Movie Review: “Pawn Sacrifice”

pwwAmericans with any pop culture mileage at all remember the story of a chess player winning the Cold War. It’s right up there with a hockey team winning the Cold War, and Olympic officials and a basketball team losing it within the American myth.
This was “Bobby Fischer vs. The World,” as a recent documentary about the event named it. And so it was, a volatile, almost-certainly-mad scientist of the chess board, battling his demons, chess officialdom, the Russians and their champion, Boris Spassky. He could have lost to any one, or all of them, at any time.
“Pawn Sacrifice” gives us a wild-eyed Tobey Maguire as Fischer, a cocky young champion whose paranoia and poor sportsmanship grew with every passing day. It’s a brilliant performance, thanks in part to how Fischer is explained by his coach/second, a priest played by Peter Sarsgaard.
“This game, it’s a rabbit hole,” he says to Bobby’s fan-manager (Michael Stuhlbarg of “A Serious Man”). It will “take you very close to the edge.”
In Edward Zwick’s film, Maguire goes to that edge and others explain how his version of Fischer got to where he is. He was the child of a single mom, a brilliant, Swiss-born Jewish communist (played by Robin Weigert). Her son grew up to be a virulent anti-communist and raving Anti-Semite and something of a misogynist.
But that came later. First came glory, titles and championships in his teens, a shot at the Soviets, who ruled chess for decades, passing it off as proof of “Soviet intellectual superiority.”
Manager Paul Marshall (Stuhlbarg) comes along to help Fischer capitalize on his success, and make his confrontation with The Evil Empire happen.
“I’d like a front-row seat when the good guys win!”
Father Bill Lombardy (Sarsgaard) is the hard-drinking, swearing ex-chess champ priest Bobby wants as his second, a guy with a limited tolerance for Fischer’s mood swings and tantrums. Sarsgaard sells the “magic” in Fischer’s playing with just a look, with a role that has his character explaining the game and the temperament to the audience.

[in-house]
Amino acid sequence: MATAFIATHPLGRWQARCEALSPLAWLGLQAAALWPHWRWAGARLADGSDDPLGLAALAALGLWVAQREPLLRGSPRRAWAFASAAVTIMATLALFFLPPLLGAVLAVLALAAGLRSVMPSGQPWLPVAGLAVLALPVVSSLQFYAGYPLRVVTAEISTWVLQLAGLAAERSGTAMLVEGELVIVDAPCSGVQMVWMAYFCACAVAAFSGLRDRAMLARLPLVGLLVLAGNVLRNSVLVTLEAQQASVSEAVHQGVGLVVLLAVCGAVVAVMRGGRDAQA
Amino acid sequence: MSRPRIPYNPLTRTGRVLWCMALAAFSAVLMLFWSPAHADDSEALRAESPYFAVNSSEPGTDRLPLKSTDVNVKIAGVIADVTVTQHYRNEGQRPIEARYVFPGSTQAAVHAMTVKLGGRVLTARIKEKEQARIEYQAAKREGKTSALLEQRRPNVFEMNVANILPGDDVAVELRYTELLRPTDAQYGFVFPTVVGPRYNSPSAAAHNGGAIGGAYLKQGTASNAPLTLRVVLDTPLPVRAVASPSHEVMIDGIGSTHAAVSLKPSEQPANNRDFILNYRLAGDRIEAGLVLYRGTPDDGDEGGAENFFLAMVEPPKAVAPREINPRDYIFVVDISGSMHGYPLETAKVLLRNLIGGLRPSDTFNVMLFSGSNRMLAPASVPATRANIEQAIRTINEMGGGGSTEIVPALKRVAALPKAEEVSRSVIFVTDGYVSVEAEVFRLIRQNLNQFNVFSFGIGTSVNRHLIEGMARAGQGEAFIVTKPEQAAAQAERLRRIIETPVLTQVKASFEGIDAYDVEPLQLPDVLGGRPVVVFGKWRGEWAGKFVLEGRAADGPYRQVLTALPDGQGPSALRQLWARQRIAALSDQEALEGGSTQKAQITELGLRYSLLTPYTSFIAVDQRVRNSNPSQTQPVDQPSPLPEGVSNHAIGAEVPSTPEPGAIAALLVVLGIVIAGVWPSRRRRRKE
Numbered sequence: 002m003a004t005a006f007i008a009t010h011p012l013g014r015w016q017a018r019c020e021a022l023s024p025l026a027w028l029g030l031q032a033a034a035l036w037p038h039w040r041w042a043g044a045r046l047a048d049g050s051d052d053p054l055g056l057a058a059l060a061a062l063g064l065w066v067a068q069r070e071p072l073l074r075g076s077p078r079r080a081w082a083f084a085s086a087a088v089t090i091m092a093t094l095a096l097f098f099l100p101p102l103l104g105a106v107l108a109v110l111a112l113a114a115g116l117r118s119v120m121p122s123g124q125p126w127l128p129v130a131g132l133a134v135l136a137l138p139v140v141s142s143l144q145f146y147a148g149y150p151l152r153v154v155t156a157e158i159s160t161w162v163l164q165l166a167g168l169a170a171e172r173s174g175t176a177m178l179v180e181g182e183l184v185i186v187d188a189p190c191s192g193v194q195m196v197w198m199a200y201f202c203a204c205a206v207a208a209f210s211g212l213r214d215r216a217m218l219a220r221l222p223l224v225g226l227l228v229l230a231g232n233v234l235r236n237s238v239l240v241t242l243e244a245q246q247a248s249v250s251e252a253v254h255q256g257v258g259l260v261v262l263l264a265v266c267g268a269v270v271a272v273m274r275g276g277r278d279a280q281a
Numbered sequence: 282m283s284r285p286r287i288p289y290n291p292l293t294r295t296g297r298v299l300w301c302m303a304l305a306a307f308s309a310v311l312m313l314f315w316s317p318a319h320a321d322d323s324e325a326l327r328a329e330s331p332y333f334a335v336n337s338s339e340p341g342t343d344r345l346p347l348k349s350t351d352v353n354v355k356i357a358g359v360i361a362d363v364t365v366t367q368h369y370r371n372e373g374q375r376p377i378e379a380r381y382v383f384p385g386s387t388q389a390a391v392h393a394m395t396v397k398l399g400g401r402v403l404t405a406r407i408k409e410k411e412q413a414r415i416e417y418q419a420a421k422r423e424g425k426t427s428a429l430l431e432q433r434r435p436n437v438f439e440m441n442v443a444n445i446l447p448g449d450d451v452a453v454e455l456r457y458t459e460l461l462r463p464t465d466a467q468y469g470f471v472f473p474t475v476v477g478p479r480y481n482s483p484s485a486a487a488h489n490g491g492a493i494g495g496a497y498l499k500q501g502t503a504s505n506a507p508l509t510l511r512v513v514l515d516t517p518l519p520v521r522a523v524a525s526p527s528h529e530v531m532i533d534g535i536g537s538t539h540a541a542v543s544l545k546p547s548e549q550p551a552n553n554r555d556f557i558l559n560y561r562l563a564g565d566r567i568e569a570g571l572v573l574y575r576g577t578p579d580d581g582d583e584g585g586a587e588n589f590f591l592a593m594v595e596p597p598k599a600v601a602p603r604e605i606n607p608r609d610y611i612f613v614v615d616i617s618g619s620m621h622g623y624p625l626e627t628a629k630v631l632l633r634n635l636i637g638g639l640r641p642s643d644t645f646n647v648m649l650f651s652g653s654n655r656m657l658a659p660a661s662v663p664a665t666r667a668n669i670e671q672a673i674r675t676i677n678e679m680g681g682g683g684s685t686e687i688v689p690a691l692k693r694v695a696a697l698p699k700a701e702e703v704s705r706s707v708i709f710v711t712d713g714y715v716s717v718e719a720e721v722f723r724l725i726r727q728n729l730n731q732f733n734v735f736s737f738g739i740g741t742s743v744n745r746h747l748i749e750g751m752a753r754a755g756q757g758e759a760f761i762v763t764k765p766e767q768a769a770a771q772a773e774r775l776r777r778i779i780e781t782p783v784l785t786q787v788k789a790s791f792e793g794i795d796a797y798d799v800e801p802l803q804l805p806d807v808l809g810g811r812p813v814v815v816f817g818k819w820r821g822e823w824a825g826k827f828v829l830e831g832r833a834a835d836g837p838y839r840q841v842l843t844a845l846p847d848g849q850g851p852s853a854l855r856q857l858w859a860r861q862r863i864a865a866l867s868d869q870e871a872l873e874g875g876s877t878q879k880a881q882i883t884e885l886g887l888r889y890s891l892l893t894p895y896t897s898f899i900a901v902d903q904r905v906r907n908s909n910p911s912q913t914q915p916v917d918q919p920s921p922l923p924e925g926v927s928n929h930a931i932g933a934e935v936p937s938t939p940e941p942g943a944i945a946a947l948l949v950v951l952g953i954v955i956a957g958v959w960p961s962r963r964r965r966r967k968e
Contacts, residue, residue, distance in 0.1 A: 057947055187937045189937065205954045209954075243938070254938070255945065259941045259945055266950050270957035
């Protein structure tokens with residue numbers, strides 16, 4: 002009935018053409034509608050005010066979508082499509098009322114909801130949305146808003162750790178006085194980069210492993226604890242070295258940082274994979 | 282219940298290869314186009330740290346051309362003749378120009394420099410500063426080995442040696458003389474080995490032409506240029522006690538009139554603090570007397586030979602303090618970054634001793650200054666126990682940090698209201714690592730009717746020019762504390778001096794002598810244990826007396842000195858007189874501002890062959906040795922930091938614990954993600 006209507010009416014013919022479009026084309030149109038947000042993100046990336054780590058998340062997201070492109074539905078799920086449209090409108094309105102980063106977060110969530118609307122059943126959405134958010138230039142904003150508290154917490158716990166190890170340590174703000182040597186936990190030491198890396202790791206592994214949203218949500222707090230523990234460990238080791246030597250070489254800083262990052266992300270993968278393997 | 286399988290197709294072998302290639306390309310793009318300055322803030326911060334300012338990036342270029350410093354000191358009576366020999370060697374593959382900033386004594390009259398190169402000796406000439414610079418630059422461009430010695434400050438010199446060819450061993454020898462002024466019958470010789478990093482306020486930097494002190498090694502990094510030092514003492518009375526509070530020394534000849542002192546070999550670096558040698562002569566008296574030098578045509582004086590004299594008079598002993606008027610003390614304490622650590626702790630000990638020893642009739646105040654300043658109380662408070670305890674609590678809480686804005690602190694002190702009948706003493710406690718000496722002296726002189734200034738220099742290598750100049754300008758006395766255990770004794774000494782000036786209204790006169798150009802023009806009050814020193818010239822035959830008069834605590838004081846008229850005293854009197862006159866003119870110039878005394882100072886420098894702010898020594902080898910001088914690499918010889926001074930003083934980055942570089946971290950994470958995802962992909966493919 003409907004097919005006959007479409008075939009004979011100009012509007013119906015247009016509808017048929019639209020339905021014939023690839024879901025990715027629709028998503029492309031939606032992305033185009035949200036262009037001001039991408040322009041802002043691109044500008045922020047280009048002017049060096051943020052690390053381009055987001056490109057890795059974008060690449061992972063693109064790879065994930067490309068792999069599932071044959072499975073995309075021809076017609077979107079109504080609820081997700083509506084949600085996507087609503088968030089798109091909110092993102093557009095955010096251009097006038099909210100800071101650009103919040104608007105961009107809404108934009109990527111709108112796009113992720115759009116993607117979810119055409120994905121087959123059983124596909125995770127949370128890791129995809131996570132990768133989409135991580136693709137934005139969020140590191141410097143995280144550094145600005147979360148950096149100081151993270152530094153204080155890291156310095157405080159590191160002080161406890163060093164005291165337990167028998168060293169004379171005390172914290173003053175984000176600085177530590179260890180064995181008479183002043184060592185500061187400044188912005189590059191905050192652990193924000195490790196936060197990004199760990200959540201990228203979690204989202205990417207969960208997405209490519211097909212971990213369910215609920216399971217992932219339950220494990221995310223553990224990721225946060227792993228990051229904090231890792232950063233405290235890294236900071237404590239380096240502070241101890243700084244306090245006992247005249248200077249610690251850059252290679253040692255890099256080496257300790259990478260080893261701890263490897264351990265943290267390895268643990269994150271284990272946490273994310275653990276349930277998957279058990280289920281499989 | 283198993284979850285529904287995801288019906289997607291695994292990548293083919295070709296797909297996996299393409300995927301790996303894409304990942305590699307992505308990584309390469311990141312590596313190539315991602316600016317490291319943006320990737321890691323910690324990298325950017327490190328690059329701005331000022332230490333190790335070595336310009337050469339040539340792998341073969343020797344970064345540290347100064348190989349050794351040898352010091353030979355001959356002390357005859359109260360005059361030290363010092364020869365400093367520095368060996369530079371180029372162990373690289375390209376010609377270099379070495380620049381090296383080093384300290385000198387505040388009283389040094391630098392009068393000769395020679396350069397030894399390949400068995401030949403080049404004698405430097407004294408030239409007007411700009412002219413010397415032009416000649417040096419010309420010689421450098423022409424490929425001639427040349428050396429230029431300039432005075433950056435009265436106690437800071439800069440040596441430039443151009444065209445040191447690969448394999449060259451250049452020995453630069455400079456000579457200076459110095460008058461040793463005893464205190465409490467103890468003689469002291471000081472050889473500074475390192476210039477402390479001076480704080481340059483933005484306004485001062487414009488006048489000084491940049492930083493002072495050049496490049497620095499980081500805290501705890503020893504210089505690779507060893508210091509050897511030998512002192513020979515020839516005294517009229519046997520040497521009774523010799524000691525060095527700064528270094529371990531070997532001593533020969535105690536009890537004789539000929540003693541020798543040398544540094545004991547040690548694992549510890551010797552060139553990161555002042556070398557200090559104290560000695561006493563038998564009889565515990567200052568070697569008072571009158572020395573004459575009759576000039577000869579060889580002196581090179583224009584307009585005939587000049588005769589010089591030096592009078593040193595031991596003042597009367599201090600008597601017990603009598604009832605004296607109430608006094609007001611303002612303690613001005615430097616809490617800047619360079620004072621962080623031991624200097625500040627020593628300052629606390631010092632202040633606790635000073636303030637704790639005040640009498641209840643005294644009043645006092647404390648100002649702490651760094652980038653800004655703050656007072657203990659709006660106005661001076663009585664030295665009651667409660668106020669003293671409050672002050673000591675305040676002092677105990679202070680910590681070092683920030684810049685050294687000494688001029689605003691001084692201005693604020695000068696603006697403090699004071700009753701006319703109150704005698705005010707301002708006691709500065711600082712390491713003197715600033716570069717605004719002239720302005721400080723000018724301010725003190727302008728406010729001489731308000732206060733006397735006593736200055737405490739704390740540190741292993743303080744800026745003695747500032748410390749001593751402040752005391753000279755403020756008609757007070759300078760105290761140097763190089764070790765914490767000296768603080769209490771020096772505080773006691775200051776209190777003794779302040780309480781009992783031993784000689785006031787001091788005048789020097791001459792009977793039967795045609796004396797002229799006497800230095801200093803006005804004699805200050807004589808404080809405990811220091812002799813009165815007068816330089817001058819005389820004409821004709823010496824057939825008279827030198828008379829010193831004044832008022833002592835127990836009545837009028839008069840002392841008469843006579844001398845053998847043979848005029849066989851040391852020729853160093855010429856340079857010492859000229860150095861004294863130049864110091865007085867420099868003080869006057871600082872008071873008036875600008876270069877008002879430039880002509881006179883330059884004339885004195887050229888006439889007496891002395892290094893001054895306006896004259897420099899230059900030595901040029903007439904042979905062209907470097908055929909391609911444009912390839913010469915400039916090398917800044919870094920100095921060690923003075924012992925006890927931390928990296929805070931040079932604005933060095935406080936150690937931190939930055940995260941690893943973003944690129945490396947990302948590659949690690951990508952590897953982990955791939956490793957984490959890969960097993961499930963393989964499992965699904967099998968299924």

It’s a trifle anti-climactic, and a little on-the-nose in the ways it uses period pop music to underscore (heavy handedly) the big moments. Zwick kind of blows the presentation of “the greatest game ever played.”

But “Pawn Sacrifice” is very good, almost the first great movie of the fall.
And for me, it’s Liev Schreiber who makes it so. As the gimlet-eyed rock-star Spassky, he has impeccable manners, swagger and the confidence of a man sure he will crush this wack-job across the table in Reykjavik, Iceland.
Schreiber effortlessly gets all that across, plus this. He lets us feel how unnerving it must have been to sit down at a chess board with a madman. There’s unease in his eyes. And defiance, before his shoulders sag into resignation. Fischer must have worn on people just this way.
As volcanic as Maguire needs to be, it’s those who react to Fischer most tellingly — Sarsgaard’s priest, and Schreiber’s Spassky — that make “Pawn Sacrifice” the gripping and entertaining history lesson that it is.

3stars2

MPAA Rating: PG-13 for brief strong language, some sexual content and historical smoking

Cast: Tobey Maguire, Liev Schreiber, Robin Wiegert, Peter Sarsgaard, Michael Stuhlbarg
Credits: Directed by Edward Zwick, script by Steven Knight. A Bleecker Street release.

Running time: 1:54

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